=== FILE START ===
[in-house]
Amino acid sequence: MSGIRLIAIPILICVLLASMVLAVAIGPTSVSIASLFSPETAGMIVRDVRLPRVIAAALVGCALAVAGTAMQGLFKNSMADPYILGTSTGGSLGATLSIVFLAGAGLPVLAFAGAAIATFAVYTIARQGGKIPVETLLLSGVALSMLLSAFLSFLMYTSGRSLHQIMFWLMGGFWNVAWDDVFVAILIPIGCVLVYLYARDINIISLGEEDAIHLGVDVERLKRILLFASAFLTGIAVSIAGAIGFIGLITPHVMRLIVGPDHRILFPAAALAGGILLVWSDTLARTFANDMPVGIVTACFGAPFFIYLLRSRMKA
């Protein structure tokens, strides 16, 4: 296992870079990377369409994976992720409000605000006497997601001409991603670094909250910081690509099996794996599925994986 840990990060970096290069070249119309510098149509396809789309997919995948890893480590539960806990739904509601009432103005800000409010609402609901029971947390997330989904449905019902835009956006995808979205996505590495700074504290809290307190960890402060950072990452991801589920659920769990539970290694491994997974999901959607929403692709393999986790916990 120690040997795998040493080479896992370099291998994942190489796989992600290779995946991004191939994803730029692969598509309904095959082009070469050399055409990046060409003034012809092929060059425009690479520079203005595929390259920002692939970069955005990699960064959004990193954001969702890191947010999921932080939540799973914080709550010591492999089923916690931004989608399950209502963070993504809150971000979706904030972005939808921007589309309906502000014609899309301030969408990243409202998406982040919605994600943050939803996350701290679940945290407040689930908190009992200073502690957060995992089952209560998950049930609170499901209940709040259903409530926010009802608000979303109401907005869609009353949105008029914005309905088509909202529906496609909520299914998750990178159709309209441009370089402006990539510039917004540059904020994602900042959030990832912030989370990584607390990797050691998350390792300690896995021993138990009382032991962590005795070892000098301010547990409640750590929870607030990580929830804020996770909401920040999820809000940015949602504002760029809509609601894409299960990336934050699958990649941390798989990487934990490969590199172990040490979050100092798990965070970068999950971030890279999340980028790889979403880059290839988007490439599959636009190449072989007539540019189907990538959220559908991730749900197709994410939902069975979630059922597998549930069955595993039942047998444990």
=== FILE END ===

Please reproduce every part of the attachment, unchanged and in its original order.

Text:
[in-house]
Amino acid sequence: MSGIRLIAIPILICVLLASMVLAVAIGPTSVSIASLFSPETAGMIVRDVRLPRVIAAALVGCALAVAGTAMQGLFKNSMADPYILGTSTGGSLGATLSIVFLAGAGLPVLAFAGAAIATFAVYTIARQGGKIPVETLLLSGVALSMLLSAFLSFLMYTSGRSLHQIMFWLMGGFWNVAWDDVFVAILIPIGCVLVYLYARDINIISLGEEDAIHLGVDVERLKRILLFASAFLTGIAVSIAGAIGFIGLITPHVMRLIVGPDHRILFPAAALAGGILLVWSDTLARTFANDMPVGIVTACFGAPFFIYLLRSRMKA
């Protein structure tokens, strides 16, 4: 296992870079990377369409994976992720409000605000006497997601001409991603670094909250910081690509099996794996599925994986 840990990060970096290069070249119309510098149509396809789309997919995948890893480590539960806990739904509601009432103005800000409010609402609901029971947390997330989904449905019902835009956006995808979205996505590495700074504290809290307190960890402060950072990452991801589920659920769990539970290694491994997974999901959607929403692709393999986790916990 120690040997795998040493080479896992370099291998994942190489796989992600290779995946991004191939994803730029692969598509309904095959082009070469050399055409990046060409003034012809092929060059425009690479520079203005595929390259920002692939970069955005990699960064959004990193954001969702890191947010999921932080939540799973914080709550010591492999089923916690931004989608399950209502963070993504809150971000979706904030972005939808921007589309309906502000014609899309301030969408990243409202998406982040919605994600943050939803996350701290679940945290407040689930908190009992200073502690957060995992089952209560998950049930609170499901209940709040259903409530926010009802608000979303109401907005869609009353949105008029914005309905088509909202529906496609909520299914998750990178159709309209441009370089402006990539510039917004540059904020994602900042959030990832912030989370990584607390990797050691998350390792300690896995021993138990009382032991962590005795070892000098301010547990409640750590929870607030990580929830804020996770909401920040999820809000940015949602504002760029809509609601894409299960990336934050699958990649941390798989990487934990490969590199172990040490979050100092798990965070970068999950971030890279999340980028790889979403880059290839988007490439599959636009190449072989007539540019189907990538959220559908991730749900197709994410939902069975979630059922597998549930069955595993039942047998444990």